If you're feeling more adventurous, Cover and Thomas's textbook is the information theory bible. It's very dense but absolutely packed with insight.
It starts by talking about African drum speech, and how it is a very simplified version of speech, and how it deals with error correction over great distances. From there it goes into a lot of great historical explanations, including Shannon.
Ha! noticed what you did there. Was that intentional ?
I think grad students might be able to relate to the following: If one's masters thesis is as world changing as it was, how does one even muster up the courage to join a PhD program after that. What could one possibly do that could have a stab at even a token respectability compared to foundation of digital circuitry. Foundation of something that has really changed the world. For grad students who are mere mortals, that would be terrifying.
If you want a little bit of both, I highly recommend Seife's Decoding the Universe: How the New Science of Information Is Explaining Everything in the Cosmos, from Our Brains to Black Holes or Gleick's The Information: A History, A Theory, A Flood.
> But, is that the best we can do? Shannon’s Theorem 3 does not address that question, since it only suggests a suboptimal code. (The optimal code of rate R
simply disregards all but the 2^(NR) most probable sequences of length N.) Shannon finds the answer in Theorem 4: as long as we require probability of error strictly less than 1, asymptotically, we cannot encode at rates below the entropy. This statement is commonly known as the strong converse source coding theorem. The converse (or weak converse) source coding theorem asserts that error probability cannot vanish if the compression rate is below the entropy.
Later on the same page:
> The variable-length source code that minimizes average length was obtained by D. Huffman
So what you want is to learn about how Huffman coding works. There are many such examples - it's common in data structures courses and text books. One example is in the classic "Structure and Interpretation of Computer Programs" at https://mitpress.mit.edu/sicp/full-text/sicp/book/node41.htm... . Look around and you'll find plenty more.
There are also many code examples at at https://rosettacode.org/wiki/Huffman_coding , and worked-out examples at StackOverflow, like https://stackoverflow.com/questions/11587044/how-can-i-creat... .
The Wikipedia page at https://en.wikipedia.org/wiki/Huffman_coding seems unhelpful for a novice.
The patents have now expired, which is why the technology starts to appear in open source and royalty free implementations like Zstd.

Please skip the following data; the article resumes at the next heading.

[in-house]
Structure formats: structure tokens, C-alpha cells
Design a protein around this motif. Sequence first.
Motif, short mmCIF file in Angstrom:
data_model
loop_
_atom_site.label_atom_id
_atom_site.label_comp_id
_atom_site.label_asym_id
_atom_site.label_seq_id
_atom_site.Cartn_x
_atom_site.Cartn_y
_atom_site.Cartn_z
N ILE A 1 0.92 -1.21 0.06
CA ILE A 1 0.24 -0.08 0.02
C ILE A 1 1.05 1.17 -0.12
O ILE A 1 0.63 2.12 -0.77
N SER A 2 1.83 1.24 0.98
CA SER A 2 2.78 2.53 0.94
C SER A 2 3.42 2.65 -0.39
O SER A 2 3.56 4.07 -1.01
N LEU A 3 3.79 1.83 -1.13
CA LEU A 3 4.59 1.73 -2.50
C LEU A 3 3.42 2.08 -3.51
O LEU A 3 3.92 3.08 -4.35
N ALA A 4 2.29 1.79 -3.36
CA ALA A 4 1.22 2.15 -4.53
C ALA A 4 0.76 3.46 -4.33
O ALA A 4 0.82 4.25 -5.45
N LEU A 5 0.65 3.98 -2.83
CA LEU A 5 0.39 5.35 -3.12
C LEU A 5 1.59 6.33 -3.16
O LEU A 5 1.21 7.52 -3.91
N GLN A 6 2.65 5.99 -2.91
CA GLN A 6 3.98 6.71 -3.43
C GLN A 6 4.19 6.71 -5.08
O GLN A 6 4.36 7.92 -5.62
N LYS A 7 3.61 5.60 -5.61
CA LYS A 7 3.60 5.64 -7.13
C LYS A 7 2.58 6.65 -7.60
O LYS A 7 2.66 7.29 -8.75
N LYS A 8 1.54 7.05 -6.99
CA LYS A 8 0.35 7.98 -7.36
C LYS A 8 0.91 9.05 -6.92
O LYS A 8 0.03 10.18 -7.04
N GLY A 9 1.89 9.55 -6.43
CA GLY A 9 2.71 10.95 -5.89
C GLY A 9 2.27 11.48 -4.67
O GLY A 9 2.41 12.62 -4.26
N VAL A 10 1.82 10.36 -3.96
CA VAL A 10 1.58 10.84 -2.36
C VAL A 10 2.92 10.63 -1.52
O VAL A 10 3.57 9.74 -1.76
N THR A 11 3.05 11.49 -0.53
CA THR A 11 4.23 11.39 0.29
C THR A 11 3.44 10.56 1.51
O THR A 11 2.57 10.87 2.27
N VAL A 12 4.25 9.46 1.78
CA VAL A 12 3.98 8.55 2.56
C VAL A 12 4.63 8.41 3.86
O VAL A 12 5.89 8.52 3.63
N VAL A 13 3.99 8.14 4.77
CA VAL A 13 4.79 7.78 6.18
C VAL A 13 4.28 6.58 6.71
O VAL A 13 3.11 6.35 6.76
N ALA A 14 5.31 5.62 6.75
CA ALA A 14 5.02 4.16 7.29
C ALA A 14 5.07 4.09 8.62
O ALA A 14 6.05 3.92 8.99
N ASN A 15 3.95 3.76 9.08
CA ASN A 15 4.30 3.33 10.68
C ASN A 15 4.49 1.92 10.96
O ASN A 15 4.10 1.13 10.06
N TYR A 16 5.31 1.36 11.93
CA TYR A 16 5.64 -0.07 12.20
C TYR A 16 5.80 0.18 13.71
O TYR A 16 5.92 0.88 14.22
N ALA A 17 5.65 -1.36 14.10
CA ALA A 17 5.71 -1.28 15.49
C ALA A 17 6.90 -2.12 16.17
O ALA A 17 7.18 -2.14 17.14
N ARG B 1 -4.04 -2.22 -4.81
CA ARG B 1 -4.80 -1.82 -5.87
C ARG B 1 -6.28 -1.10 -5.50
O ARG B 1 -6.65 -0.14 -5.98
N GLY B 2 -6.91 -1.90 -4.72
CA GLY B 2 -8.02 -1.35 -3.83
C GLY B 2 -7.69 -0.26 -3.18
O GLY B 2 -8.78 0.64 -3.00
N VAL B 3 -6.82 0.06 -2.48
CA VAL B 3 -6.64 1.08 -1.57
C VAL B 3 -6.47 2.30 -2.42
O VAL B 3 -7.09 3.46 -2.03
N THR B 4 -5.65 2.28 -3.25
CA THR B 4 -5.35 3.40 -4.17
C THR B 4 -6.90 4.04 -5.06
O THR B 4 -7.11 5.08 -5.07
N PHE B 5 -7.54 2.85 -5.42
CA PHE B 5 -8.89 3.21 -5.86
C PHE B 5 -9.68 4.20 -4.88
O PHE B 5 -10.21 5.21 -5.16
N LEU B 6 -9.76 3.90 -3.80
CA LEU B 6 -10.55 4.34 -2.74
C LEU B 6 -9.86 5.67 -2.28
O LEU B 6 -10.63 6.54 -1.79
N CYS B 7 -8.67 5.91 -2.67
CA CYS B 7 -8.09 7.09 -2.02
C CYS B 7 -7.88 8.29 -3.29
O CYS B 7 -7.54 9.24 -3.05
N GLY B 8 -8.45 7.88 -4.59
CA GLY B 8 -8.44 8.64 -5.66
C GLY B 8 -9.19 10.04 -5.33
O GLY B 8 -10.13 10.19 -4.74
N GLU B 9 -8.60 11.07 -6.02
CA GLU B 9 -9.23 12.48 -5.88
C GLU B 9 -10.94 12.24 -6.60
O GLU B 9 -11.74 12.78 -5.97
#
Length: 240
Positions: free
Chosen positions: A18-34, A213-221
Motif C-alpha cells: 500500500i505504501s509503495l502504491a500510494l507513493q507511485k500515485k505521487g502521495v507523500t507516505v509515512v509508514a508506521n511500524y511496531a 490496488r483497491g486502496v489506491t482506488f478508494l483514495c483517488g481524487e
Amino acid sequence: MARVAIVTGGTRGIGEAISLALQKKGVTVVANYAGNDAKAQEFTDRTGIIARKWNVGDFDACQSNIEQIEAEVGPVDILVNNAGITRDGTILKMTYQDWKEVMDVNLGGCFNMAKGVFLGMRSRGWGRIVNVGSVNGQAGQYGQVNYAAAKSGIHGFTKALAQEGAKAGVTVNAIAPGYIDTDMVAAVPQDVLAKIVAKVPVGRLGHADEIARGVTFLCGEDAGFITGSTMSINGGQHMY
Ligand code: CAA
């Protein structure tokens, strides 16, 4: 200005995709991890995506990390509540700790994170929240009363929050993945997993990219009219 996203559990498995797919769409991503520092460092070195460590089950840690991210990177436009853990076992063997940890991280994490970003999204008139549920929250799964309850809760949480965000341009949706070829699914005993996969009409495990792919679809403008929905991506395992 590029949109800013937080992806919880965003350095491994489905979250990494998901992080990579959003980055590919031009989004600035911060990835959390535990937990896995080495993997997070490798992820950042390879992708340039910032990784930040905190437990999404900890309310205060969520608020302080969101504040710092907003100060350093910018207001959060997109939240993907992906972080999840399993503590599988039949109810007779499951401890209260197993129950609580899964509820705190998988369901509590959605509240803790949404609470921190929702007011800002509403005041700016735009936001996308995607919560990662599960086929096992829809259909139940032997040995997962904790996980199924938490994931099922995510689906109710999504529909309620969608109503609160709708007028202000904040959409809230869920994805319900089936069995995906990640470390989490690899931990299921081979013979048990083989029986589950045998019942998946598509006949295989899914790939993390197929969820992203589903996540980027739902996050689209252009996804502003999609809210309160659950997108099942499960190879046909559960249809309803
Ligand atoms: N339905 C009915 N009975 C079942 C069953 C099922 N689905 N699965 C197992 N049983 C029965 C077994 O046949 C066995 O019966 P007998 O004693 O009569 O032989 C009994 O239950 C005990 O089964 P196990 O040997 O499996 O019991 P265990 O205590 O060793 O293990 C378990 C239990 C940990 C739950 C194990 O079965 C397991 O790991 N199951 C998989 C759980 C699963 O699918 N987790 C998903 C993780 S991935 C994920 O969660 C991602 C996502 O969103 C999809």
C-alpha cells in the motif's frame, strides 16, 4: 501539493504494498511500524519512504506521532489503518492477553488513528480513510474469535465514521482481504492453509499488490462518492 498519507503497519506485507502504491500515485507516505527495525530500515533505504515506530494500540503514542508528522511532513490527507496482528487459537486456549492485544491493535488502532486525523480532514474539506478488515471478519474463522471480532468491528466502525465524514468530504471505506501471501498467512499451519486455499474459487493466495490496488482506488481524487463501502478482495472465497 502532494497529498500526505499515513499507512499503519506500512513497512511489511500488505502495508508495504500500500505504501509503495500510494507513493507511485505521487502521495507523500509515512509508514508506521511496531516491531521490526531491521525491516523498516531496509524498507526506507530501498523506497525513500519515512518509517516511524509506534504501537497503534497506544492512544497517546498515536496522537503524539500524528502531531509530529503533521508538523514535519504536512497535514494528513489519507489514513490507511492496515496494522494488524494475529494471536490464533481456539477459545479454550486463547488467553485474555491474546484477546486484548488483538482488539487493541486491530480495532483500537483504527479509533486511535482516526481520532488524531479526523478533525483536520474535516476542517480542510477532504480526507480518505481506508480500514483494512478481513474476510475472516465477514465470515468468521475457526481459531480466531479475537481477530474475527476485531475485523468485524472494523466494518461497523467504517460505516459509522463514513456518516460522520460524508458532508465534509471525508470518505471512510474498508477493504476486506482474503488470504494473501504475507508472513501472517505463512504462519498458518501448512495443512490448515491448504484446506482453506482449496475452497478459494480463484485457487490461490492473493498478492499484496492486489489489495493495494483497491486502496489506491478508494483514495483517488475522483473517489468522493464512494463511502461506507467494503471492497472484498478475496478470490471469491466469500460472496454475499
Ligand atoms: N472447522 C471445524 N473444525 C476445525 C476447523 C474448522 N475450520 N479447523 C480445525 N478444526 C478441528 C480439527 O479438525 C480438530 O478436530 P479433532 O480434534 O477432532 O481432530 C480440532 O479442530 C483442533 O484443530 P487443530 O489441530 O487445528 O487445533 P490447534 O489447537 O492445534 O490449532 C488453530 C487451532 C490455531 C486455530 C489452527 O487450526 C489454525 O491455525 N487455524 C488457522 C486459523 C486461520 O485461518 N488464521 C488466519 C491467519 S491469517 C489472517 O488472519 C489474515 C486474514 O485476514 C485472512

> The optimality of the Huffman code must have seemed at the time to leave little room for further work in fixed-to- variable source coding. That, however, proved not to be the case, because of two major difficulties: 1) the distribution of the source may not be known  when the code is designed (Section II-E), and 2) although the Huffman algorithm need
not operate symbol by symbol, its complexity grows very
rapidly with the length of the source block. ... The second shortcoming is circumvented by the arithmetic coding method of J. Rissanen 
(generalized in  and  and popularized in ), whose
philosophy is related to that of the Shannon–Fano code.
I made two assumption in my comment. 1) s-c-h knows nothing about compression, so would like to start with the easiest code developed along information-theoretical lines, and 2) the author of the IEEE paper knows enough about the topic that I could quote the text directly.
To clarify, the author is https://en.wikipedia.org/wiki/Sergio_Verd%C3%BA and is "the Eugene Higgins Professor of Electrical Engineering at Princeton University, where he teaches and conducts research on Information Theory in the Information Sciences and Systems Group."
I do not have enough knowledge of the field to tell if he included the correct qualifiers. The Huffman code is a "variable-length source code that minimizes average length" while arithmetic codes appear after mentioning the goal of "minimum average length in terms of the distribution of the source."
That appears correct to me.
It is also used for deep space communications, where squeezing every bit is essential.
The wikipedia article is quite well crafted.
For a sample CPP implementation can be found here.
Khan Academy has done a information theory
I do remember the algorithms (Huffman coding), but the high level concepts are harder to remember - information being directly correlated to randomness (entropy). Information is the unknown (random?) message, that sounds more like noise. Channel capacity makes sense: based on noise there's an upper limit on how fast you can communicate bits and groups of bits.
You read the newspaper each day. Every day it's got the same news: "Today the sun shines." This is no useful information (no entropy) and you can predict it very well.
Second scenario. You read the newspaper, but each day it states that either "Today the sun shines" or "Today is raining" with 50/50 probability. That's maximum entropy. That's useful information, which you can't reliably predict.